# Solved – Confusion regarding weighted average

This is a pretty simple question and I'm wondering how to go about finding a solution. I have the following data.

``ttt = data.frame(name=c("A","B","C","D","E","F"),                  count=c(150,250,350,550,150,50),                  returns=c(10,50,60,100,80,10),                  calls_bad=c(5,30,20,15,15,20),                  weight=c(0.20,0.30,0.40,0.40,0.20,0.10)) ttt ``

For each name, I'm trying to find the return rate, which is just returns/count. However, I want to know how to weight that by how high or low count is. Name F, which only has a count of 50, should be weighted less (weight is 0.10) than name D, who has a count of 550 (weight is 0.40).

``ttt\$returns_rate = round(ttt\$returns/ttt\$count, 2) ttt       name count returns weight returns_rate     1    A   150      10    0.2         0.07     2    B   250      50    0.3         0.20     3    C   350      60    0.4         0.17     4    D   550     100    0.4         0.18     5    E   150      80    0.2         0.53     6    F    50      10    0.1         0.20 d1 = ddply(ttt, .(name), function(x) data.frame(score=weighted.mean(x\$returns_rate, x\$weight))) d1   name score 1    A  0.07 2    B  0.20 3    C  0.17 4    D  0.18 5    E  0.53 6    F  0.20 ``

Here are the weights:

``Count <= 100 = 10% Count >= 101 | Count <= 200 = 20% Count >= 201 | Count <= 300 = 30% Count >= 301 = 40% ``

Given what I'm trying to achieve, I thought I'd want a weight average but end up with the following results. However, this can't be right as the returns_rate is equal to the score.

How can I go about getting the rate while accounting for the number of count?

Thanks! I must've fallen asleep in basic math on this one.

EDIT:
In lieu of the comments =

Eventually, the plan is to combine the call_bad rate (calls_bad/count) and the returns rate (returns/count) into one 'score'/'metric' for each name. However, because count varies significantly by name, I'm working under the assumption that I need to 'weight' the data in order to account for the impact of small 'counts'.

Basically, I want to find (returns/count) and (calls_bad/count), and combine these values into one value, while accounting for the fact that someone with a count of 50 could influence the data in a bad way, thus why I'm thinking of using weights.

EDIT 2:

``ttt = data.frame(name=c("A","B","C","D","E","F"),                  count=c(150,250,350,550,150,50),                  returns=c(10,50,60,100,80,10),                  calls_bad=c(5,30,20,15,15,20),                  weight=c(0.20,0.30,0.40,0.40,0.20,0.10))  ttt\$returns_rate = round(ttt\$returns/ttt\$count, 2)     ttt\$calls_bad_rate = round(ttt\$calls_bad/ttt\$count, 2)  ttt ``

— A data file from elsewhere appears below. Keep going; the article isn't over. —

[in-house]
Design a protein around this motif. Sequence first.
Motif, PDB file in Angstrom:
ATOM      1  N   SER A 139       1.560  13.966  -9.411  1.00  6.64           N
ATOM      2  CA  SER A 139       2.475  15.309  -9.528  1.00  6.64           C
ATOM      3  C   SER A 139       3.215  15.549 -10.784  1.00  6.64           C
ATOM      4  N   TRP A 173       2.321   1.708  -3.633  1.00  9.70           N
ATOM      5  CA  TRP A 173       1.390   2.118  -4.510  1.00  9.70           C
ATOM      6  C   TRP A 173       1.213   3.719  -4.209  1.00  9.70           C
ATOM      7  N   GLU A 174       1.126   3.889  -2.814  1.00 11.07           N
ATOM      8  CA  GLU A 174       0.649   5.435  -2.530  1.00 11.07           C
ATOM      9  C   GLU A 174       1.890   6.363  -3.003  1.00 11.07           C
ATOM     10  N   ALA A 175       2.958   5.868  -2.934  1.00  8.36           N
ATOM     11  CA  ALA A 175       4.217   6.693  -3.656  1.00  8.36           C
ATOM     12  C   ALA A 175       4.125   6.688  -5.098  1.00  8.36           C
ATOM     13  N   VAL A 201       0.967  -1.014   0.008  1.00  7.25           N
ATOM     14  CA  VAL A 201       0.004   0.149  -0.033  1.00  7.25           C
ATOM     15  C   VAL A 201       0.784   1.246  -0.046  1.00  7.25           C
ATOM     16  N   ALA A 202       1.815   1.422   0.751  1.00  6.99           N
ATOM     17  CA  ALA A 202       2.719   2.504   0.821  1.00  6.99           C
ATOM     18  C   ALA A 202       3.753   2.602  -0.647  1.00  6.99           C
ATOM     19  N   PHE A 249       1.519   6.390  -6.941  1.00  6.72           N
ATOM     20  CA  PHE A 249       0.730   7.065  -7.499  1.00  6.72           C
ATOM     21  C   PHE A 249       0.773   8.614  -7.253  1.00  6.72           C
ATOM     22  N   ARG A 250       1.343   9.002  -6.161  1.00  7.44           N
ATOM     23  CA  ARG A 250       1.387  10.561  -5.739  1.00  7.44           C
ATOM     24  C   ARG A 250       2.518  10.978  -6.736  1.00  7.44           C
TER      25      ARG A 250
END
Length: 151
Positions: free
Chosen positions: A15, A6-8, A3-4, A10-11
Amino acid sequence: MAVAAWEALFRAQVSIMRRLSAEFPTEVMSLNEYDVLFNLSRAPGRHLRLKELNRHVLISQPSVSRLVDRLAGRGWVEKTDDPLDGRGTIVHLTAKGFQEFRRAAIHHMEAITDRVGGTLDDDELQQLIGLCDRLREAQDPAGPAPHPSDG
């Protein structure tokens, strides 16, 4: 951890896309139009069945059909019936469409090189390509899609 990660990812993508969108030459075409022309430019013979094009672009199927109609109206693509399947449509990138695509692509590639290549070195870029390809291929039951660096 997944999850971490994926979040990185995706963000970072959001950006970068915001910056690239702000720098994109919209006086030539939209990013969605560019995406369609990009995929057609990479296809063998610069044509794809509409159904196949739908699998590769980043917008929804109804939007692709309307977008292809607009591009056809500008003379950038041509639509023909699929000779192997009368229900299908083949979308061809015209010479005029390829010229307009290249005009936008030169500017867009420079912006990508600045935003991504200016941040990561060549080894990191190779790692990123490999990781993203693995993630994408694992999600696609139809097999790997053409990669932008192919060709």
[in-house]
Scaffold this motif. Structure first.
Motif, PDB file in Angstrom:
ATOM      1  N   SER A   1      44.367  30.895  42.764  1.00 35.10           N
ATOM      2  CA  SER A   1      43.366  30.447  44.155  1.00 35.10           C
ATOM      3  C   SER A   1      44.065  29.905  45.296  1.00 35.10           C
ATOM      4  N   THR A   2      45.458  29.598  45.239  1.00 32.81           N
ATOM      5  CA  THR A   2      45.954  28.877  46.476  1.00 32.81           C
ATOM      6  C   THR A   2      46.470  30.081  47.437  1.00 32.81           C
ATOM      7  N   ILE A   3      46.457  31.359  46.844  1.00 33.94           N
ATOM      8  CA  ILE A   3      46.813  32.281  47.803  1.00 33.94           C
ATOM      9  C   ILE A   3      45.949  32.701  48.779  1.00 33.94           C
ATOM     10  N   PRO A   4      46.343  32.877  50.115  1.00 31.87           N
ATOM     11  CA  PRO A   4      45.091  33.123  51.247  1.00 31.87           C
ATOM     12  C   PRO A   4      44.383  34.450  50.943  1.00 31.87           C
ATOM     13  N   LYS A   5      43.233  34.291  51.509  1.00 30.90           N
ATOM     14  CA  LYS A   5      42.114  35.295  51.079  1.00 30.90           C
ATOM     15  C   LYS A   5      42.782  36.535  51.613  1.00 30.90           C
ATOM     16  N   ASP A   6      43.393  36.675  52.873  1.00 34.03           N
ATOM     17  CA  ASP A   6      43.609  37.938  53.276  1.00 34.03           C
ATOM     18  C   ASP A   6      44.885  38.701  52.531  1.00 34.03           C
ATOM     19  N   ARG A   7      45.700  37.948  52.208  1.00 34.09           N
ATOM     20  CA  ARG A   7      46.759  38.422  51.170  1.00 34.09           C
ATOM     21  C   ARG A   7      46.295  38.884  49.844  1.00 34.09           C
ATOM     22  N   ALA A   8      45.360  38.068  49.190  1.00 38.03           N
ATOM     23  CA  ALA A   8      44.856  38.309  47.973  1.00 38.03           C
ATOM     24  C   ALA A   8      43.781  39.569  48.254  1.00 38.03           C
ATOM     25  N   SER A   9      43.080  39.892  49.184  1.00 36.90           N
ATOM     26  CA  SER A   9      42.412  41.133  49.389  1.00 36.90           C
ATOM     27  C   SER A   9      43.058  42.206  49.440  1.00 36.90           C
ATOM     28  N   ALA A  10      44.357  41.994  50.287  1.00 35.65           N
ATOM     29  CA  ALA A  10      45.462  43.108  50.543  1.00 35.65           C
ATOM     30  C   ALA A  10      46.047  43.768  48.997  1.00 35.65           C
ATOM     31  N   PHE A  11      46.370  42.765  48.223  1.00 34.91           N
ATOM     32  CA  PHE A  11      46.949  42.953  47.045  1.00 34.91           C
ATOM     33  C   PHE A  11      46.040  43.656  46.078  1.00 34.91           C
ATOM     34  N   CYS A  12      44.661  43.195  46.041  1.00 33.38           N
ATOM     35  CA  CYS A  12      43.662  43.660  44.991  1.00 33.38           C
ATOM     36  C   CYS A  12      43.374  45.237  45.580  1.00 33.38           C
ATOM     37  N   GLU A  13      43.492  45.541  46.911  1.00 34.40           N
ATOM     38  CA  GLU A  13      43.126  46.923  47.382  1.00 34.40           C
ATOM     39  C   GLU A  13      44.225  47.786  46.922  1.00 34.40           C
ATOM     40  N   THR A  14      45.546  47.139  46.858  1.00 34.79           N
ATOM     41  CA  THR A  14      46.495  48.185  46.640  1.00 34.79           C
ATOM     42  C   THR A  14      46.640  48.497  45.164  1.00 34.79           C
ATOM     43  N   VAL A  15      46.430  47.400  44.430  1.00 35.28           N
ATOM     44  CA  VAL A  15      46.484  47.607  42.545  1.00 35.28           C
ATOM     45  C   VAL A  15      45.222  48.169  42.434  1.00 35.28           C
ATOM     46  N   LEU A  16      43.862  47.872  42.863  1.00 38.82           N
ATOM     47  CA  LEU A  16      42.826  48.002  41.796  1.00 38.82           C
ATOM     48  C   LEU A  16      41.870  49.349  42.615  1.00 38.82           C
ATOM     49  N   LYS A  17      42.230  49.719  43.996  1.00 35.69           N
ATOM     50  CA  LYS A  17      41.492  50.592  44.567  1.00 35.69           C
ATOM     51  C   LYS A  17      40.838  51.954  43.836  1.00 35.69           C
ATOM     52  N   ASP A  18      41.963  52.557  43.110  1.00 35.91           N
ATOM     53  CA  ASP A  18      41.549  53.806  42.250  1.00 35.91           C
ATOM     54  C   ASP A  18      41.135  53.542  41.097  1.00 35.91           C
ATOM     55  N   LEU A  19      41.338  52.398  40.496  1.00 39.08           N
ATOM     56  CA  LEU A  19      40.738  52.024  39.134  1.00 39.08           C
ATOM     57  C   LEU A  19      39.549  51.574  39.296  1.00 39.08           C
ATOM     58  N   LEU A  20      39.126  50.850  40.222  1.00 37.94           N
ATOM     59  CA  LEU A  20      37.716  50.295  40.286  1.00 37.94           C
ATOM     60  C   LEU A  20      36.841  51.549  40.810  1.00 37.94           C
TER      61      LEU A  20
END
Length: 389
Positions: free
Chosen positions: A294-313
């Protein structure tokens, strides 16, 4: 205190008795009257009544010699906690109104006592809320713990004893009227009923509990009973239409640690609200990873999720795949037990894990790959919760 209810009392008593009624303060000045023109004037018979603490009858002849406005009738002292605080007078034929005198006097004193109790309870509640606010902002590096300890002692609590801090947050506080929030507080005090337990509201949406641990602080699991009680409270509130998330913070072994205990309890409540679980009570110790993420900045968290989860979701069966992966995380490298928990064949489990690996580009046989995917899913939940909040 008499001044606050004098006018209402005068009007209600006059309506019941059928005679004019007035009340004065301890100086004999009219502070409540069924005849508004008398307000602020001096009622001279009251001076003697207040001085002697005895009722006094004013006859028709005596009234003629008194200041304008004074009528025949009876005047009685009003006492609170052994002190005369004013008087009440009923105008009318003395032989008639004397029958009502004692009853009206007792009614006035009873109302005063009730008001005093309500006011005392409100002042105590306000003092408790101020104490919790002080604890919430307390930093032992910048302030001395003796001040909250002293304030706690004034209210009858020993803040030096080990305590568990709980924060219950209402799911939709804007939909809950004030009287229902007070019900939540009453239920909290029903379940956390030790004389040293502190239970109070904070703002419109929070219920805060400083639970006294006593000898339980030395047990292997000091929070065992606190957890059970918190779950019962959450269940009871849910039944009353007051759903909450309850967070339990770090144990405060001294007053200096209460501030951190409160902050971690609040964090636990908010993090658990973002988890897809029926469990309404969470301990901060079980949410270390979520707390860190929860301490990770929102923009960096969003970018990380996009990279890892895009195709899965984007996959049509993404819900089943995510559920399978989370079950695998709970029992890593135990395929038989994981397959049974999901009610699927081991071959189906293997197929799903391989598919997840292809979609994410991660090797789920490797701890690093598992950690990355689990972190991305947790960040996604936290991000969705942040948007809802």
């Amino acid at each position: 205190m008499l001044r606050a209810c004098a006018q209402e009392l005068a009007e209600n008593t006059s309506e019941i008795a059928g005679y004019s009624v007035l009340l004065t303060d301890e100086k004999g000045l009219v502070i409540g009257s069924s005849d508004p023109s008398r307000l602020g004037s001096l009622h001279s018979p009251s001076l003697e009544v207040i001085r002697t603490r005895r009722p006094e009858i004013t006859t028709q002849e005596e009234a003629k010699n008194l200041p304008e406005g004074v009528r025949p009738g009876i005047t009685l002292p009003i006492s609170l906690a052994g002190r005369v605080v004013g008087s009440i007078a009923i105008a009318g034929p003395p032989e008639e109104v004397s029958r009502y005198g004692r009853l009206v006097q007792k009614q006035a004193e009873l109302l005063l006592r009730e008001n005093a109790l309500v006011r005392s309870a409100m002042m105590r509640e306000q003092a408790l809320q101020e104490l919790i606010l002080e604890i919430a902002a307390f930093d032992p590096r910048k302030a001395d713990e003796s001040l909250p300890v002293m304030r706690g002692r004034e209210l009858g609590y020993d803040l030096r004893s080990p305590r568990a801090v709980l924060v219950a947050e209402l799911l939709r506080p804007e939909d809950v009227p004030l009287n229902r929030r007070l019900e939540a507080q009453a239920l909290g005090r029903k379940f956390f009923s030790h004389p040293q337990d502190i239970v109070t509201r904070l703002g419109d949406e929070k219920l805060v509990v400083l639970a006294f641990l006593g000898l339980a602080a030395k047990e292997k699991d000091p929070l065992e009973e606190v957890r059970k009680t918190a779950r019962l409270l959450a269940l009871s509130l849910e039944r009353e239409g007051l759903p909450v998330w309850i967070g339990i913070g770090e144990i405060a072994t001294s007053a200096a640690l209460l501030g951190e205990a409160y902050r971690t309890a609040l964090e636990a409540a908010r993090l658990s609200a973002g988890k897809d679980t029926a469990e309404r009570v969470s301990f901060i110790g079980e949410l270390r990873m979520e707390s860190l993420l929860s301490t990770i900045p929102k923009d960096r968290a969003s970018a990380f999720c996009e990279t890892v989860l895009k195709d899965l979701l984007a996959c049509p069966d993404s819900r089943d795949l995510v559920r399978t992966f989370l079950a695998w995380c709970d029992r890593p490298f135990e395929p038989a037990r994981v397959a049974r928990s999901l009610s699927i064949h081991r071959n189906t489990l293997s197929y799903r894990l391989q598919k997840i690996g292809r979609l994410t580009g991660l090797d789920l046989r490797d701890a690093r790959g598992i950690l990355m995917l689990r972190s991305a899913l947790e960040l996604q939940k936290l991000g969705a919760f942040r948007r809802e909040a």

There only two numbers to "combine" or "average", 'returns rate' and 'calls bad rate'.

``ttt\$combined = round(ttt\$returns_rate + ttt\$calls_bad_rate / 2, 2) ``

But given how count varies "significantly" by name, I thoughts weight were appropriate based on the number of count.

Contents

I was writing my own weighted average algorithm yesterday and it applies to what you’re looking to do. Your problem is what you're calling returns_rate and the logic behind it. For these examples we have a new field called weighted_score or you could call it weighted_returns if you wanted. The point is that its weighted.

``id | name | count | returns | weight | weighted_score ----------------------------------------------------- 1     A      150      10       0.2         2 2     B      250      50       0.3         15 3     C      350      60       0.4         24 4     D      550      100      0.4         40 5     E      150      80       0.2         16 6     F      50       10       0.1         1 ----------------------------------------------------- sums                           1.6         98 weighted_average                           61.3 ``

Logic:

``weighted_score = returns*weight weighted_average = sum(weighted_scores)/sum(weights) ``

I see that you have some logic to determine the weight however your upper limit is 40%. There really should be 0% through 100% in there. You can also calculate the weight on the fly for any given data set by finding the highest “count” and dividing the “count” in each row by that highest number and this gives you the appropriate 0% – 100% weights.
Example:

``id | name | count | returns | weight | weighted_score ----------------------------------------------------- 1     A     150      10       0.2727         2.7 2     B     250      50       0.4545         22.7 3     C     350      60       0.6364         38.2 4     D     550      100      1.0000         100 5     E     150      80       0.2727         21.8 6     F     50       10       0.0909         0.9 ----------------------------------------------------- sums                          2.7273         186.3636 weighted_average                             68.3 ``

Logic:

``weight = count/550 ``

Another simpler option that doesn’t require so much processing trying to figure out the appropriate weight is to just create a static variable to use as your ceiling. Any count lower than the ceiling will be weighted with lower importance and anything above the ceiling is weighted at 100%.

``id | name | count | returns | weight | weighted_score ----------------------------------------------------- 1     A     150      10       0.4983         2.7 2     B     250      50       0.8306         22.7 3     C     350      60       1.0000         38.2 4     D     550      100      1.0000         100 5     E     150      80       0.4983         21.8 6     F     50       10       0.1661         0.9 ----------------------------------------------------- sums                          3.9934         248.0399 weighted_average                             62.1 ``

Logic:

``if(count < 301) weight = count/301 if(count > 301) weight = count/count ``

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